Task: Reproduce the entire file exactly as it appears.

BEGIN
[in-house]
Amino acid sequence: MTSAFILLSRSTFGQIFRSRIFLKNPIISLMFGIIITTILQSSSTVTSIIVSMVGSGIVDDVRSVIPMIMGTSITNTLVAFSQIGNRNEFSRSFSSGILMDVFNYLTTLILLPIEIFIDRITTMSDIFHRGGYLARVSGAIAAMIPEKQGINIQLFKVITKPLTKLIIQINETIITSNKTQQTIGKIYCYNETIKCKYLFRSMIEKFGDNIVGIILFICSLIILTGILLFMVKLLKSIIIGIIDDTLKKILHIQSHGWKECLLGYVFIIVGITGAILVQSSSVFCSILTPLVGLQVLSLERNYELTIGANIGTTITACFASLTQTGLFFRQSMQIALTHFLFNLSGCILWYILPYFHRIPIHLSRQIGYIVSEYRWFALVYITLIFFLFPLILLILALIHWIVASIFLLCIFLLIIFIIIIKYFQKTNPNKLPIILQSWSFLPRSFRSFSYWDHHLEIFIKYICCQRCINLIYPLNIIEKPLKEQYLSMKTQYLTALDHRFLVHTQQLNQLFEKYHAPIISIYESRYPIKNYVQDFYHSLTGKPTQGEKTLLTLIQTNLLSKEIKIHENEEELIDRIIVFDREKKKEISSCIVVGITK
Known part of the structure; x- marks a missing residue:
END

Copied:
[in-house]
Amino acid sequence: MTSAFILLSRSTFGQIFRSRIFLKNPIISLMFGIIITTILQSSSTVTSIIVSMVGSGIVDDVRSVIPMIMGTSITNTLVAFSQIGNRNEFSRSFSSGILMDVFNYLTTLILLPIEIFIDRITTMSDIFHRGGYLARVSGAIAAMIPEKQGINIQLFKVITKPLTKLIIQINETIITSNKTQQTIGKIYCYNETIKCKYLFRSMIEKFGDNIVGIILFICSLIILTGILLFMVKLLKSIIIGIIDDTLKKILHIQSHGWKECLLGYVFIIVGITGAILVQSSSVFCSILTPLVGLQVLSLERNYELTIGANIGTTITACFASLTQTGLFFRQSMQIALTHFLFNLSGCILWYILPYFHRIPIHLSRQIGYIVSEYRWFALVYITLIFFLFPLILLILALIHWIVASIFLLCIFLLIIFIIIIKYFQKTNPNKLPIILQSWSFLPRSFRSFSYWDHHLEIFIKYICCQRCINLIYPLNIIEKPLKEQYLSMKTQYLTALDHRFLVHTQQLNQLFEKYHAPIISIYESRYPIKNYVQDFYHSLTGKPTQGEKTLLTLIQTNLLSKEIKIHENEEELIDRIIVFDREKKKEISSCIVVGITK
Known part of the structure; x- marks a missing residue: